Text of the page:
We insist on walking. Mary Jane determined to savour her first sojourn in the snow, and I have a wonderful feeling of love and contentment to keep me warm. A wind is absent, but snowflakes swirl and tantalise, falling soft and gently like feathers. Mary Jane tilts her head back, turns her face to the starlit sky, pokes out her tongue and drinks the gifts from Heaven. Our hats, scarves, and coats dusted with icing sugar specks. A magical transformation.

We giggle and twirl, slip and trudge, drag suitcases along the street, Anne confides it is usually empty and dark at night, yet houses twinkle and shine lighting our way. Christmas advertised–more flamboyantly by some–until we reach the house opposite Anne’s. It groans under the weight of bud lighting flashing every colour in the spectrum to make rainbows in the air and on the snow-stained road. We spot Santa and his sleigh, reindeers, candy canes, snowmen, penguins, bells and lanterns, trees and presents; every commercial Christmas motif imaginable.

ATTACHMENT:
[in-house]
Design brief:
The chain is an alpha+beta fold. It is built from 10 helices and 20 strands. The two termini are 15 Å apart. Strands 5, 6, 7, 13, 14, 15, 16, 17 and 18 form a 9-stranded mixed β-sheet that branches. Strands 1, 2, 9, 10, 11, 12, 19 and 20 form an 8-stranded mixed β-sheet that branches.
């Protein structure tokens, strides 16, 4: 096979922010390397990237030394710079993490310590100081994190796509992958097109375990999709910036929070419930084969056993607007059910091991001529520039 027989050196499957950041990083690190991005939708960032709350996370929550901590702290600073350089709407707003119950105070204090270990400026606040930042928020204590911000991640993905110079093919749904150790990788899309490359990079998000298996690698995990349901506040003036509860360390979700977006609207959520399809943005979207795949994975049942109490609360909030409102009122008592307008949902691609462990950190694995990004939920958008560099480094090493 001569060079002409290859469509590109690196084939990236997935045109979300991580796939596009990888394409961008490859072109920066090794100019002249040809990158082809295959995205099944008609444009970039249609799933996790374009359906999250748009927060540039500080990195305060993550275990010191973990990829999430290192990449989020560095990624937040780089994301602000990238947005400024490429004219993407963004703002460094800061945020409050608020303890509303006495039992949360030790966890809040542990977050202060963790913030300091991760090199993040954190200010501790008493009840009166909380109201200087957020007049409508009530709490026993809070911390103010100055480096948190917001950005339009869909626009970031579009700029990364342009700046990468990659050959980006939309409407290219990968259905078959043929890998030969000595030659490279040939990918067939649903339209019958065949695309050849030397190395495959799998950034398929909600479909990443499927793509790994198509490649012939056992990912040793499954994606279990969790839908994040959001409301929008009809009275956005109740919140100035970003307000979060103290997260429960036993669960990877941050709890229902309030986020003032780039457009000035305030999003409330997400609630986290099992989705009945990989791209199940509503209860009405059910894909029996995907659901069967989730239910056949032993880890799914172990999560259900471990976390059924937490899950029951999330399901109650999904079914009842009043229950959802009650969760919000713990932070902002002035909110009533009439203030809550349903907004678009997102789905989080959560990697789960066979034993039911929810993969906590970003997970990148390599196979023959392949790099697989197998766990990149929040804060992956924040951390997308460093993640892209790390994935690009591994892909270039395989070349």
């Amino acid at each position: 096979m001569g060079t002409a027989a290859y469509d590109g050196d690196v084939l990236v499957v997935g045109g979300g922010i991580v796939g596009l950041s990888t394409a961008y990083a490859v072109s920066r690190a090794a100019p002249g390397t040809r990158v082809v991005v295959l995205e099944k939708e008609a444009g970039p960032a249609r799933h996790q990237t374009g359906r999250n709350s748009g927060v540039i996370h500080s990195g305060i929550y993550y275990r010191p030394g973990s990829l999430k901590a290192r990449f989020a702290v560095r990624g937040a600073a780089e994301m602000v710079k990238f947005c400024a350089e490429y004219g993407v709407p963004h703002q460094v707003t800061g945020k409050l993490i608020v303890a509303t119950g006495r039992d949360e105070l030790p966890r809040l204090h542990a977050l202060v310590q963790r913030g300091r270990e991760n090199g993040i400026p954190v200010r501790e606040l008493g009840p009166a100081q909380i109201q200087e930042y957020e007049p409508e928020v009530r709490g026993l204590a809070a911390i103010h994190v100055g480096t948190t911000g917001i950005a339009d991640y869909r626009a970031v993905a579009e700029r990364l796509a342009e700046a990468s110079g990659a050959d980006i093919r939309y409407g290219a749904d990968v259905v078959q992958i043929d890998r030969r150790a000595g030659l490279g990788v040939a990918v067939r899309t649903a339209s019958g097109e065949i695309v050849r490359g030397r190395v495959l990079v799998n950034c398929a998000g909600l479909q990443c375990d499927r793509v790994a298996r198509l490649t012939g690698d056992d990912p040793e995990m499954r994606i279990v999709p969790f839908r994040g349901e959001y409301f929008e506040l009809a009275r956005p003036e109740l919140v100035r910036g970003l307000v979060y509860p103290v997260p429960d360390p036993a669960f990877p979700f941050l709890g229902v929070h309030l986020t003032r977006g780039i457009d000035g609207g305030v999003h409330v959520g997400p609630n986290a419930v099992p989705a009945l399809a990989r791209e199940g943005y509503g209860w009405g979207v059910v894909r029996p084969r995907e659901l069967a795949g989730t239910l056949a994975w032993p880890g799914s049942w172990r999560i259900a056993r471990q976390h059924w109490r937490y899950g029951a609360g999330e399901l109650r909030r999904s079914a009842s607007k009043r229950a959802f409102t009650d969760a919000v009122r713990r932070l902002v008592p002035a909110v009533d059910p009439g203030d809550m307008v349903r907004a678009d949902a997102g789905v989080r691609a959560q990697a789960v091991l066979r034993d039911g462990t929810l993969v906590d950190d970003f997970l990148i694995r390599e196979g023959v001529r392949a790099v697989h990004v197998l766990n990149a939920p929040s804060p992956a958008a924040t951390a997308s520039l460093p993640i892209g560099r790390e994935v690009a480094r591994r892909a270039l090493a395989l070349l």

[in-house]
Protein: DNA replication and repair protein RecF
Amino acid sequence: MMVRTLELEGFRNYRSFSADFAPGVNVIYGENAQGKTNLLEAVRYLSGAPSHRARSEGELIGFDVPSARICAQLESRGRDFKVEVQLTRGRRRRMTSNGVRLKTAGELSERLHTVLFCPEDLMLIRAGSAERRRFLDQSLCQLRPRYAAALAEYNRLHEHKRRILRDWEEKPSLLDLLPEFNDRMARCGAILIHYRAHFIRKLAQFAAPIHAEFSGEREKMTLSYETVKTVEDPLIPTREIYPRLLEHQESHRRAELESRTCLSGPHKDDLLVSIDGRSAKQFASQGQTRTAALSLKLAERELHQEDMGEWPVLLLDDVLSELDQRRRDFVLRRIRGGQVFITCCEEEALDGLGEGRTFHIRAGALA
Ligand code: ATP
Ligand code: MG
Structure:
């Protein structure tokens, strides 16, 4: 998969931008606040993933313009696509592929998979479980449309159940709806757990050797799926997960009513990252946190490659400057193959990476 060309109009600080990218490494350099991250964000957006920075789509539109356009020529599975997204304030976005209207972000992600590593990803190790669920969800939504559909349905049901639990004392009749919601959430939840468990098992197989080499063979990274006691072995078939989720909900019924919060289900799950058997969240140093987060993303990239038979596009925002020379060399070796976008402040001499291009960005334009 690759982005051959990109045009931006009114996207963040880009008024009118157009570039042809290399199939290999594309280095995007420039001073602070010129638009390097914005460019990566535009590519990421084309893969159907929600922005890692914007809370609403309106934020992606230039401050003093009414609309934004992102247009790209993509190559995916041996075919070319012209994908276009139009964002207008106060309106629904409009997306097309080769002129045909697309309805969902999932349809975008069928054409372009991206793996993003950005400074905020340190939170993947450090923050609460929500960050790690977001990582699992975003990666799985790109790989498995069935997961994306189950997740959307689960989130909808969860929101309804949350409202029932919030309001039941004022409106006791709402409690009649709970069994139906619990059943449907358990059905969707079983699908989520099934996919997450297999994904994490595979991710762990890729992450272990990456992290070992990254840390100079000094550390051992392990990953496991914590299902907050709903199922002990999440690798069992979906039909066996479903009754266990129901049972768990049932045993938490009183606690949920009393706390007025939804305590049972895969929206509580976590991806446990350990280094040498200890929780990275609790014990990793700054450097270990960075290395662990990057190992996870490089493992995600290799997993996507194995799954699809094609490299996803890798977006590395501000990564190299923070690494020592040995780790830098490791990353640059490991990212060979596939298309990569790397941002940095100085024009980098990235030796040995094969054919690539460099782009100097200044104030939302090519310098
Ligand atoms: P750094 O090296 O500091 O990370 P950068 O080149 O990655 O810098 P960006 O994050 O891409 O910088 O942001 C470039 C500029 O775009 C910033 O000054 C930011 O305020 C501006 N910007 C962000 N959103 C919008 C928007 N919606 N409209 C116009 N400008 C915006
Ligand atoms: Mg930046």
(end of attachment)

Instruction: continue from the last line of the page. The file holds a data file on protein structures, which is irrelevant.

overdecorated houseschristmas lights galore from the house opp annes

Cannily stepping in footprints carved by others, we cross the road to Anne’s home above a Portuguese bakery; dim and conservative in comparison to brightly lit neighbours. We climb internal wooden stairs, the heat like a blow torch. We don’t need encouragement to strip off protective gear in the tiny hallway. ‘Welcome to Canada,’ Anne jokes, ‘where you allow 20 minutes just to put on and take off all the extra winter layers!’ Housemates appear from their rooms to welcome us and point to a huge sign they’d made declaring themselves: ‘The Neil Appreciation Union’.

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It is almost a week until Christmas Day, but Anne announces a surprise. Her close friends Tovah and Michael have offered their cosy flat to us to spend Christmas Eve, Christmas Day and Boxing Day. They’ll be visiting relatives out of town and thought we’d appreciate a ‘home away from home’ to be a family at this special time of year. This practical embodiment of the spirit of Christmas from two strangers becomes the highlight of our Canadian trip.